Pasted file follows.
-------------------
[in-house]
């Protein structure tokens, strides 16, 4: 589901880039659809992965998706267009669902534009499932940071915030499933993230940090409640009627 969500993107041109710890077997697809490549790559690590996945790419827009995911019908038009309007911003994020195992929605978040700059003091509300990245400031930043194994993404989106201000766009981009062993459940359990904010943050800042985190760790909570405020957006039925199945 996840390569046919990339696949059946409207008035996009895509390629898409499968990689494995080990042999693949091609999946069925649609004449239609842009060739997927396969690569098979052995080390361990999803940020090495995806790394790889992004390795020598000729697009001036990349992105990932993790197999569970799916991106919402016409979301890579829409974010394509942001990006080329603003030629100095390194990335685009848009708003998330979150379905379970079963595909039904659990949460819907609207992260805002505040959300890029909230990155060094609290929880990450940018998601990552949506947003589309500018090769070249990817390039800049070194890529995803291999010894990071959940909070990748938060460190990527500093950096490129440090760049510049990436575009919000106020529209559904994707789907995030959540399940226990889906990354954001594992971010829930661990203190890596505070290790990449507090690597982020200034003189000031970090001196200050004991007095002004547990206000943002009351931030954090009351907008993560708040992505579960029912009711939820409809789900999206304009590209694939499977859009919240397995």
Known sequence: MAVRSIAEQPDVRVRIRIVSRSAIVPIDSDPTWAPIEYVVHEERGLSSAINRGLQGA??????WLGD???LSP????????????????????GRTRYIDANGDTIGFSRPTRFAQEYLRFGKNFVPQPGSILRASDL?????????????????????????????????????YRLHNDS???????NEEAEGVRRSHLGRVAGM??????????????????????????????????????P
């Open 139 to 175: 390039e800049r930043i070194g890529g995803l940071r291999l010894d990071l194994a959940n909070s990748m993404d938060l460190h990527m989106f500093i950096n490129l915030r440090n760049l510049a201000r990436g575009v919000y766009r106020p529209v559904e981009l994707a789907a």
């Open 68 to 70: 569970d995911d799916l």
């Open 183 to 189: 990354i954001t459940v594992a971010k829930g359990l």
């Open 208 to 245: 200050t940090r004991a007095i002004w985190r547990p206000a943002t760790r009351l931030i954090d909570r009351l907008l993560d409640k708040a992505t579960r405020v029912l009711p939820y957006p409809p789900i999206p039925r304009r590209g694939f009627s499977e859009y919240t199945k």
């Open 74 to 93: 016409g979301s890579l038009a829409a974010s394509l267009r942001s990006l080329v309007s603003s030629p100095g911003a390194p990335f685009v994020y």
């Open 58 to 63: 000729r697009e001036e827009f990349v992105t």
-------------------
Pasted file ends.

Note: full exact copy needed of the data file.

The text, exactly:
[in-house]
């Protein structure tokens, strides 16, 4: 589901880039659809992965998706267009669902534009499932940071915030499933993230940090409640009627 969500993107041109710890077997697809490549790559690590996945790419827009995911019908038009309007911003994020195992929605978040700059003091509300990245400031930043194994993404989106201000766009981009062993459940359990904010943050800042985190760790909570405020957006039925199945 996840390569046919990339696949059946409207008035996009895509390629898409499968990689494995080990042999693949091609999946069925649609004449239609842009060739997927396969690569098979052995080390361990999803940020090495995806790394790889992004390795020598000729697009001036990349992105990932993790197999569970799916991106919402016409979301890579829409974010394509942001990006080329603003030629100095390194990335685009848009708003998330979150379905379970079963595909039904659990949460819907609207992260805002505040959300890029909230990155060094609290929880990450940018998601990552949506947003589309500018090769070249990817390039800049070194890529995803291999010894990071959940909070990748938060460190990527500093950096490129440090760049510049990436575009919000106020529209559904994707789907995030959540399940226990889906990354954001594992971010829930661990203190890596505070290790990449507090690597982020200034003189000031970090001196200050004991007095002004547990206000943002009351931030954090009351907008993560708040992505579960029912009711939820409809789900999206304009590209694939499977859009919240397995």
Known sequence: MAVRSIAEQPDVRVRIRIVSRSAIVPIDSDPTWAPIEYVVHEERGLSSAINRGLQGA??????WLGD???LSP????????????????????GRTRYIDANGDTIGFSRPTRFAQEYLRFGKNFVPQPGSILRASDL?????????????????????????????????????YRLHNDS???????NEEAEGVRRSHLGRVAGM??????????????????????????????????????P
């Open 139 to 175: 390039e800049r930043i070194g890529g995803l940071r291999l010894d990071l194994a959940n909070s990748m993404d938060l460190h990527m989106f500093i950096n490129l915030r440090n760049l510049a201000r990436g575009v919000y766009r106020p529209v559904e981009l994707a789907a």
């Open 68 to 70: 569970d995911d799916l």
């Open 183 to 189: 990354i954001t459940v594992a971010k829930g359990l």
């Open 208 to 245: 200050t940090r004991a007095i002004w985190r547990p206000a943002t760790r009351l931030i954090d909570r009351l907008l993560d409640k708040a992505t579960r405020v029912l009711p939820y957006p409809p789900i999206p039925r304009r590209g694939f009627s499977e859009y919240t199945k």
């Open 74 to 93: 016409g979301s890579l038009a829409a974010s394509l267009r942001s990006l080329v309007s603003s030629p100095g911003a390194p990335f685009v994020y």
């Open 58 to 63: 000729r697009e001036e827009f990349v992105t």